The dispute between the Louisville Orchestra and its musicians has reached a crucial stage. At a hearing Tuesday morning in bankruptcy court, a federal judge set a deadline of June 13th for the musicians to submit objections to the financial disclosure statement filed on Monday by Louisville Orchestra, Inc. The statement outlines how the orchestra will pay off its debts and structure its business to continue operating in the black.
Outside the courtroom, several of Orchestra’s musicians talked about how the situation looks to them: Their collective bargaining agreement with the orchestra expires at midnight tonight – after that, they will all be officially unemployed. The musicians will lose their health insurance and their pay, though they will be eligible for unemployment benefits.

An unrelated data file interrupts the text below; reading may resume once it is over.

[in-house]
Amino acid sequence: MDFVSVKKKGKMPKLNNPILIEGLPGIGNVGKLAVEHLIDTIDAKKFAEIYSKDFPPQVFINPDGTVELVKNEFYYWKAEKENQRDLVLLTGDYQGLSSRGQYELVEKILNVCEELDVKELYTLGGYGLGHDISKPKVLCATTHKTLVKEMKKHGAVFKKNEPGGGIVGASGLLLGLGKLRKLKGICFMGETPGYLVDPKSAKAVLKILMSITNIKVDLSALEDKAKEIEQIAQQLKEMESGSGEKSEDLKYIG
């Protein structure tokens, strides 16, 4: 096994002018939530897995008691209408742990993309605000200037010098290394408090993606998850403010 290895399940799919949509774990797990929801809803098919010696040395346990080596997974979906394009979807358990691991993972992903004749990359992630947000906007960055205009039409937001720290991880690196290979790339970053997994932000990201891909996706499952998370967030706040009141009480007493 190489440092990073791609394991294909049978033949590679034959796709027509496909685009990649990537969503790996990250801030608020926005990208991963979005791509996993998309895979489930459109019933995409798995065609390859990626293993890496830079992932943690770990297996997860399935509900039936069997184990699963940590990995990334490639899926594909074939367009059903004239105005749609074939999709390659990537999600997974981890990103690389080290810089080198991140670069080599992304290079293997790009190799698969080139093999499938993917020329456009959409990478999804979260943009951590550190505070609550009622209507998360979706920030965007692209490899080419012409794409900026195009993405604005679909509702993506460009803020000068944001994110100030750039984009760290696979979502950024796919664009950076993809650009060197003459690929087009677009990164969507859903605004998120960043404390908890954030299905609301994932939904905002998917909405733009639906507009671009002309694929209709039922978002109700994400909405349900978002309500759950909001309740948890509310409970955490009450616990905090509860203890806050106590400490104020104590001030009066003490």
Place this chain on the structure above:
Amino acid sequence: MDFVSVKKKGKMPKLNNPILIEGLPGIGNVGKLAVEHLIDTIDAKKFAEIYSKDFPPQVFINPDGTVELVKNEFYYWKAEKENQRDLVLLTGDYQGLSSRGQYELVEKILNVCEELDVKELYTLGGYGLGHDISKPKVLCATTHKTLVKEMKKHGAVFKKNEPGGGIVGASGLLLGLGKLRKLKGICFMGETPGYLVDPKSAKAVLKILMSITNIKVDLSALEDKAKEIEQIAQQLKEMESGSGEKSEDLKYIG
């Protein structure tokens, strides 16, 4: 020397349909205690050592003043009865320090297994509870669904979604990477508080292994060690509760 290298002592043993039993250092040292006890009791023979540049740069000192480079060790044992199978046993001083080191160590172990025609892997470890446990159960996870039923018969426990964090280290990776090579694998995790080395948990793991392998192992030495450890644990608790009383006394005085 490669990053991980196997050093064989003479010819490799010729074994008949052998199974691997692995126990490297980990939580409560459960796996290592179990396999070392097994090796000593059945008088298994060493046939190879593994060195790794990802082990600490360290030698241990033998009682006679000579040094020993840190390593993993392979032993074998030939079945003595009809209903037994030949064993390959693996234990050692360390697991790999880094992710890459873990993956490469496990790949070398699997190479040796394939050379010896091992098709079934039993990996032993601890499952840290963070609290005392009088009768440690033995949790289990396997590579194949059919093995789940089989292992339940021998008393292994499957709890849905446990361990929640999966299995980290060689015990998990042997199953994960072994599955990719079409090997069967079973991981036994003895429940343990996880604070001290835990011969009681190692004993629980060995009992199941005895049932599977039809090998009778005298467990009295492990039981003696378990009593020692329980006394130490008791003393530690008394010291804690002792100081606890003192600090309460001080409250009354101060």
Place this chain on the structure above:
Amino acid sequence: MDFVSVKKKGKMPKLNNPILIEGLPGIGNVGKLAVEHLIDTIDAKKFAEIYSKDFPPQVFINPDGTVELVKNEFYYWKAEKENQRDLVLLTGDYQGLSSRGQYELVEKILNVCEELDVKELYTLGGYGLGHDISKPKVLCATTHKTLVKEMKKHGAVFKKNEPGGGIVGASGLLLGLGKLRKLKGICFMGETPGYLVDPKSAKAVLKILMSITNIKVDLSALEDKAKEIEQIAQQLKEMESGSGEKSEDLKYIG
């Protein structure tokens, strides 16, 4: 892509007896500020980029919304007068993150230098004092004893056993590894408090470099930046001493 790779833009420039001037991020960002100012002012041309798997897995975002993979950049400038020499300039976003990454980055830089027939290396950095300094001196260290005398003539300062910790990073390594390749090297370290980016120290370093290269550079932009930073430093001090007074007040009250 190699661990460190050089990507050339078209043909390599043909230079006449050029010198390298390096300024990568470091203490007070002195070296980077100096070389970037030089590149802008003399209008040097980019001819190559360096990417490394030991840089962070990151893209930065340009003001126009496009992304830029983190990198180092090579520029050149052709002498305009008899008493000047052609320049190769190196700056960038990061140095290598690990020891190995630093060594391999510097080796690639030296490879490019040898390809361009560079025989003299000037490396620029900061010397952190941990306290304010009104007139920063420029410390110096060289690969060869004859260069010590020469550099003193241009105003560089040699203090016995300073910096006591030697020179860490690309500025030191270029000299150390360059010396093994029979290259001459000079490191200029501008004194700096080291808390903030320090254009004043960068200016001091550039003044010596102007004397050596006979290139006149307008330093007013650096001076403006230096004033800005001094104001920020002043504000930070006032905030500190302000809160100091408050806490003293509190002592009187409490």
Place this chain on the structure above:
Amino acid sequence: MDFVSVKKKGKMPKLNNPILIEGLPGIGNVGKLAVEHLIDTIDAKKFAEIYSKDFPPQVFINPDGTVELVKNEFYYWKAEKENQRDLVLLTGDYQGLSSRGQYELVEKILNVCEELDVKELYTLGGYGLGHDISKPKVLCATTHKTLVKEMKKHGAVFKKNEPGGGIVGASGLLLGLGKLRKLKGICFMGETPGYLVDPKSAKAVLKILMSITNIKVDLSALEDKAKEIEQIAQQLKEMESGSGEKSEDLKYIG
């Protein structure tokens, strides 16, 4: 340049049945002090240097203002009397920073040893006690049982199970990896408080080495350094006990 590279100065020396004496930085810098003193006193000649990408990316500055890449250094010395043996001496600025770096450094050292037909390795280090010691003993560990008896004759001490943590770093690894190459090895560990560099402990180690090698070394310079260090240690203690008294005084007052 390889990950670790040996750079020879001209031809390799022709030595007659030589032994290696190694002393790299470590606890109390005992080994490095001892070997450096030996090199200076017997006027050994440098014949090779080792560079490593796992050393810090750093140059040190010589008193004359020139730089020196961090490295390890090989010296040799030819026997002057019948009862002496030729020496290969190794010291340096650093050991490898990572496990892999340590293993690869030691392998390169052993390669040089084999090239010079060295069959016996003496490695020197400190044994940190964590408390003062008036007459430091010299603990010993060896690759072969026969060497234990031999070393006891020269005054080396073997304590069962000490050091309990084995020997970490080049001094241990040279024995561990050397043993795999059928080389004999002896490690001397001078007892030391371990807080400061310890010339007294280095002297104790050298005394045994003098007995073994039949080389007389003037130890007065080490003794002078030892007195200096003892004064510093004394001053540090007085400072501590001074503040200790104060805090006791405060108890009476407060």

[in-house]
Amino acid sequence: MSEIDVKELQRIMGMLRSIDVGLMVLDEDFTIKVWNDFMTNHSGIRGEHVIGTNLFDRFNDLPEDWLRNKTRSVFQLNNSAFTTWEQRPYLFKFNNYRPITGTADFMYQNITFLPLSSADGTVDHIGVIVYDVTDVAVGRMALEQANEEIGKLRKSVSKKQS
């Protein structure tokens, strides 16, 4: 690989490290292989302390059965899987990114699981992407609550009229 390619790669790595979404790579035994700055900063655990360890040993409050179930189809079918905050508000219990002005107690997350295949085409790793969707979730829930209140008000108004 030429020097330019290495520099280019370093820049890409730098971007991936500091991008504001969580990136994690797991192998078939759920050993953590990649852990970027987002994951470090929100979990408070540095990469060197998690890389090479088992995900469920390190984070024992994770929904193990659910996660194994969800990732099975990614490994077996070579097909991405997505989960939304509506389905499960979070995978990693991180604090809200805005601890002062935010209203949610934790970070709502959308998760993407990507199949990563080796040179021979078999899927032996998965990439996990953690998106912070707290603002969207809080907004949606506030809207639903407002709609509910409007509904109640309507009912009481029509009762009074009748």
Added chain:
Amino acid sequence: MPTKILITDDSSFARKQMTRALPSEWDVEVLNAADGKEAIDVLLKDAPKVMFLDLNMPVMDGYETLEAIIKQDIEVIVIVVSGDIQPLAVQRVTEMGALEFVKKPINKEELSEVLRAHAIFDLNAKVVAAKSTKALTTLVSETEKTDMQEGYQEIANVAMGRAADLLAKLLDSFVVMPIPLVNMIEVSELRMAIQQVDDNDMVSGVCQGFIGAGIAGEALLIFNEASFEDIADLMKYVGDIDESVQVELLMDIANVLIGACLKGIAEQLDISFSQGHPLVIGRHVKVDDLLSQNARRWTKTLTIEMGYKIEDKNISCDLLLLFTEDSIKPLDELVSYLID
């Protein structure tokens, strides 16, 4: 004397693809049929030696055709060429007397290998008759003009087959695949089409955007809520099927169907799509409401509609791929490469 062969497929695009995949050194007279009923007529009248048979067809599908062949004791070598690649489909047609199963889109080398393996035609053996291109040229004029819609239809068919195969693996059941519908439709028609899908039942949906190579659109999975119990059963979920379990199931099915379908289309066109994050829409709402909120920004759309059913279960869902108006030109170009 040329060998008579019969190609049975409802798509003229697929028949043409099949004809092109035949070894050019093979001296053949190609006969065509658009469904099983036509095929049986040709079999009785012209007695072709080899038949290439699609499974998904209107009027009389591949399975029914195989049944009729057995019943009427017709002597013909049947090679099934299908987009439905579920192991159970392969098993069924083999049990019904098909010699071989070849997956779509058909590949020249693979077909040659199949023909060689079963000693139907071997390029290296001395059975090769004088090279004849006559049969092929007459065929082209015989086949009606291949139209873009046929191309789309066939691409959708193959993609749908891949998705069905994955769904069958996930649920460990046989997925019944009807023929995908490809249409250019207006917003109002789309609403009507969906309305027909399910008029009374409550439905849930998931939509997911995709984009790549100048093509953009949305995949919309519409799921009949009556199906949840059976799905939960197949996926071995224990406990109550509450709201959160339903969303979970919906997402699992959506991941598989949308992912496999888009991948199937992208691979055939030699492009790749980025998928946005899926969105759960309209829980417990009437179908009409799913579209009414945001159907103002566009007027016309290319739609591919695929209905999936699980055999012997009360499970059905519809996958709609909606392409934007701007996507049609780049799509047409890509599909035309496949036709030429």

One said he had his last paycheck in his pocket. Another said she’d just put a for-sale sign in her front yard.
A spokesperson for the musicians said another issue for the group is instrument insurance. Some of the musicians play instruments whose value tops six figures. As of midnight, those instruments will no longer be insured against theft or damage.
No negotiations are scheduled between the musicians and the Louisville Orchestra, though the restructuring plan sets aside funds for the new season.